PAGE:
The first step is to recognize that there are many people around the world who are already doing this work. They’re not only imagining and theorizing about a better web, but are actually creating and employing digital tools to uplift communities facing systemic inequities. They bring about justice and enable individual and collective agency, both through network technologies and by also creating and maintaining communities of care.
As the Decentralized Web (DWeb) San Francisco team, we help grow networks of solidarity among these individuals and organizations by creating opportunities for them to build relationships with each other and the DWeb community. Our Fellows from DWeb Camp 2019 strongly influenced our thinking as we defined a set of shared Principles and continued to hold virtual and in-person convenings in the three years since.
As the Director of this year’s Fellowship program, one of my strongest hopes is that the DWeb Fellows are able to build lasting, fruitful relationships with each other and other DWeb Campers. My other hope is that the Fellows’ projects and approaches continue to shape the DWeb community overall – to connect and empower the most under-resourced, and ensure that the decentralized web we’re building truly addresses the needs of all.
The 2022 DWeb Fellowship program was made possible with generous support from the Ford Foundation, Filecoin Foundation for the Decentralized Web, Mysterium Network, donations through the Gitcoin grant challenge, and others.
We are excited to announce that the National Endowment for the Humanities (NEH) has awarded nearly $50,000 through its Digital Humanities Advancement Grant program to UC Berkeley Library and Internet Archive to study legal and ethical issues in cross-border text data mining research. NEH funding for the project, entitled Legal Literacies for Text Data Mining – Cross Border (LLTDM-X), will support research and analysis that addresses law and policy issues faced by U.S. digital humanities practitioners whose text data mining research and practice intersects with foreign-held or licensed content, or involves international research collaborations. LLTDM-X builds upon Building Legal Literacies for Text Data Mining Institute (Building LLTDM), previously funded by NEH. UC Berkeley Library directed BuildingLLTDM, bringing together expert faculty from across the country to train 32 digital humanities researchers on how to navigate law, policy, ethics, and risk within text data mining projects (results and impacts are summarized in the white paper here.)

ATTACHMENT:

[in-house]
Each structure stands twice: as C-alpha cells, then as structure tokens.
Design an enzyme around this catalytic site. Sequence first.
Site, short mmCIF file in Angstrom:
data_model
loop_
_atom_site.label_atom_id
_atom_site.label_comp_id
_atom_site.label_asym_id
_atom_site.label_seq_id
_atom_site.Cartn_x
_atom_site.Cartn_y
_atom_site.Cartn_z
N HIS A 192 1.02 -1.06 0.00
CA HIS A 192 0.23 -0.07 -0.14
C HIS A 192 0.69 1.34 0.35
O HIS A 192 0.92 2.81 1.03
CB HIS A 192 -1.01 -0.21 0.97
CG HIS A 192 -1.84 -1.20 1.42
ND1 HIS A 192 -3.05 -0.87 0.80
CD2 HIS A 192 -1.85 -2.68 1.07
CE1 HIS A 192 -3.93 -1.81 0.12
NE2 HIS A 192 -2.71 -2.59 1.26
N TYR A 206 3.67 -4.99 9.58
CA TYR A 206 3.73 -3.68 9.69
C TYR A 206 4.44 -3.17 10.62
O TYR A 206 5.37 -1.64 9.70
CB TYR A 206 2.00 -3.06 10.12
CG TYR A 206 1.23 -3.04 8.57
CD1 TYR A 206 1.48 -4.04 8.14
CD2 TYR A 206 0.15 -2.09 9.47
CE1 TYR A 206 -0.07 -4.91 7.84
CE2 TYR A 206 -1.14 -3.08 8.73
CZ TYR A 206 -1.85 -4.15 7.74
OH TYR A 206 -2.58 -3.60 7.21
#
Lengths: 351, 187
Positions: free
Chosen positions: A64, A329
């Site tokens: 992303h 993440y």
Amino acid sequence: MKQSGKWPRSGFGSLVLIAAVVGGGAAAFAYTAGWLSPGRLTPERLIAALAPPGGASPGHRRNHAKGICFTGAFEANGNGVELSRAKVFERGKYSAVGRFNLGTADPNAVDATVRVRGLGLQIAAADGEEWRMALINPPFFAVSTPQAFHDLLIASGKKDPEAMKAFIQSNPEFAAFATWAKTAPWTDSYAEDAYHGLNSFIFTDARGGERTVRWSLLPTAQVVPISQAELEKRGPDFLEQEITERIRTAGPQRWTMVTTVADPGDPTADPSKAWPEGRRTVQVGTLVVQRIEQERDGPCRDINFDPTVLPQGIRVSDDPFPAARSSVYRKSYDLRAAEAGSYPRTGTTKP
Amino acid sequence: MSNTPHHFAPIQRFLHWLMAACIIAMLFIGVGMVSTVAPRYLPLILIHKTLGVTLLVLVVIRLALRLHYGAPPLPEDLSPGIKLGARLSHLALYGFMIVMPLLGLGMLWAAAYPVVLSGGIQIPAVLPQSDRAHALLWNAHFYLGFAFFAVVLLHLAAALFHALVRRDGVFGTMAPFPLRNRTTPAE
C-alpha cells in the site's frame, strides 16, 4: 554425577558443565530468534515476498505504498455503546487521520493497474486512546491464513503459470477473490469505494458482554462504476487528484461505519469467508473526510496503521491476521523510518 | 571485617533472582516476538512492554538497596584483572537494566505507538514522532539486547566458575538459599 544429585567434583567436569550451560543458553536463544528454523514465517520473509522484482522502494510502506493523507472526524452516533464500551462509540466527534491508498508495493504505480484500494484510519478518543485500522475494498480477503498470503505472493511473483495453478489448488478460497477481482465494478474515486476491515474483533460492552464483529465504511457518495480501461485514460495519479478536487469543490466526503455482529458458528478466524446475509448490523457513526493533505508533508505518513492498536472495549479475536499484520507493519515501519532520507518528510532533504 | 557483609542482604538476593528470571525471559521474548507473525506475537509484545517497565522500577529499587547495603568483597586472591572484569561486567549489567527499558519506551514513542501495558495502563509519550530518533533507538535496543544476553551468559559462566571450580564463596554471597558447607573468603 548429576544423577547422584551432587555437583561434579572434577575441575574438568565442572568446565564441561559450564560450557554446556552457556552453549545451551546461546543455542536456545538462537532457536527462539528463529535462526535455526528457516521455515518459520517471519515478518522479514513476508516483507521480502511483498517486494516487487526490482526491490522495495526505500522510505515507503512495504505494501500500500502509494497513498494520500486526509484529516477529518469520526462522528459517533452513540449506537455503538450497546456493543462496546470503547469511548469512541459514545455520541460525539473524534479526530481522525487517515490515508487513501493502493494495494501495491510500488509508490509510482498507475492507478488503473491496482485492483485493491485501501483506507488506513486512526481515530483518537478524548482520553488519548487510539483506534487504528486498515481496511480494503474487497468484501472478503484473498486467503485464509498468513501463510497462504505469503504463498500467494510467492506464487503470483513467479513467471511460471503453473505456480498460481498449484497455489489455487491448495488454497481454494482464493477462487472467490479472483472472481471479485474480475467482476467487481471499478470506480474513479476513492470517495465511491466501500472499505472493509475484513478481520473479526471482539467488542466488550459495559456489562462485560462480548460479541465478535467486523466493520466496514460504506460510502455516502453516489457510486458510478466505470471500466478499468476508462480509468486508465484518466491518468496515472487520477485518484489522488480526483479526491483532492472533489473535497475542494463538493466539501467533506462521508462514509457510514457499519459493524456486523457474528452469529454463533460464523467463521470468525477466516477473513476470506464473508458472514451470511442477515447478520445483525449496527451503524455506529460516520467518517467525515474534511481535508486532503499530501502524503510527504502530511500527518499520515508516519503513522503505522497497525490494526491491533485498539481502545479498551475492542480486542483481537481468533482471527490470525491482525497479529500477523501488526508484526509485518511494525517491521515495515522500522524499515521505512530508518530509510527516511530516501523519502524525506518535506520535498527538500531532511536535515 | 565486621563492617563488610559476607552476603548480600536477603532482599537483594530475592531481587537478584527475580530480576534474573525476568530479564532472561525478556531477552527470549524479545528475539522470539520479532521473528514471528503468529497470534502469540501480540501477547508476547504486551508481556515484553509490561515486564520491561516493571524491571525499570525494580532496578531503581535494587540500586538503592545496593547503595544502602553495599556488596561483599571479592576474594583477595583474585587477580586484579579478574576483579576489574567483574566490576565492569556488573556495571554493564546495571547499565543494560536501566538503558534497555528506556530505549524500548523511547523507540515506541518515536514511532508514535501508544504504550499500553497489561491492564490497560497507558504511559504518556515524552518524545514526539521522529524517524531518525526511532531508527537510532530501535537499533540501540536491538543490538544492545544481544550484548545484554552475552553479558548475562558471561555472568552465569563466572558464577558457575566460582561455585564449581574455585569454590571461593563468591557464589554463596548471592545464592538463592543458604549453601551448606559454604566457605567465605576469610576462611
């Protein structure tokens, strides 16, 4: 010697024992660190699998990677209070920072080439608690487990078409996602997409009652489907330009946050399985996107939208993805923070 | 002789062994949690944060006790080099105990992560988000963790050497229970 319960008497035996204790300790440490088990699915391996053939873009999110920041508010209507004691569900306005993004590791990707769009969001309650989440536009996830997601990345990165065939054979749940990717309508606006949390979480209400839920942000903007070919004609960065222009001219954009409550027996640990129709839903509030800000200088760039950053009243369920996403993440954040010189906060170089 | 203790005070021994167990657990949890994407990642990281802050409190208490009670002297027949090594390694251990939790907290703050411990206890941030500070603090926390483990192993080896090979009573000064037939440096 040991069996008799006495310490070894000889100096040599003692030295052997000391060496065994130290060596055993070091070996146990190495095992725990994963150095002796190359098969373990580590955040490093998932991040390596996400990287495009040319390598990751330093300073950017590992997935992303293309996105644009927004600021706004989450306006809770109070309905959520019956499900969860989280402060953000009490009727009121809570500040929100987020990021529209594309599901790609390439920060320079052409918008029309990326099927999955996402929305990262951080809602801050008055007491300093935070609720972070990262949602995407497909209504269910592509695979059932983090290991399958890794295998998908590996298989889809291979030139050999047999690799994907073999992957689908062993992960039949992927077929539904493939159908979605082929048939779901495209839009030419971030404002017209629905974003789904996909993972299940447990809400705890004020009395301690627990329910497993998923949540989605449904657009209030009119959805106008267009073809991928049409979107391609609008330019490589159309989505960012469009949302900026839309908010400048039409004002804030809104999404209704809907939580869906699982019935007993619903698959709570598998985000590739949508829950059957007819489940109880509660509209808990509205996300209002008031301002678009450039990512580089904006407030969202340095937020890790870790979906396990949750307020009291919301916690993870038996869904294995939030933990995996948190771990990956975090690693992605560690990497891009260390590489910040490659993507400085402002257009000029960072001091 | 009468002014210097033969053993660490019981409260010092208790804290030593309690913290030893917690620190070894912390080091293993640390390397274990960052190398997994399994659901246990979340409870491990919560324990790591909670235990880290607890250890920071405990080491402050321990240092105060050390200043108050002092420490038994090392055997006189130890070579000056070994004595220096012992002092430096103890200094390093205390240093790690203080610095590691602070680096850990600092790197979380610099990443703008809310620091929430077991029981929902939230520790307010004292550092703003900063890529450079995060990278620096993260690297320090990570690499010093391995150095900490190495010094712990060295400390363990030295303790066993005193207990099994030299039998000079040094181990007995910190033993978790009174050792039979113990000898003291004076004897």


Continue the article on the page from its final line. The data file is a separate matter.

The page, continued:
Why is LLTDM-X needed?
Text data mining, or TDM, is an increasingly essential and widespread research approach. TDM relies on automated techniques and algorithms to extract revelatory information from large sets of unstructured or thinly-structured digital content. These methodologies allow scholars to identify and analyze critical social, scientific, and literary patterns, trends, and relationships across volumes of data that would otherwise be impossible to sift through. While TDM methodologies offer great potential, they also present scholars with nettlesome law and policy challenges that can prevent them from understanding how to move forward with their research. Building LLTDM trained TDM researchers and professionals on essential principles of licensing, privacy law, as well as ethics and other legal literacies —thereby helping them move forward with impactful digital humanities research. Further, digital humanities research in particular is marked by collaboration across institutions and geographical boundaries. Yet, U.S. practitioners encounter increasingly complex cross-border problems and must accordingly consider how they work with internationally-held materials and international collaborators.
How will LLTDM-X help?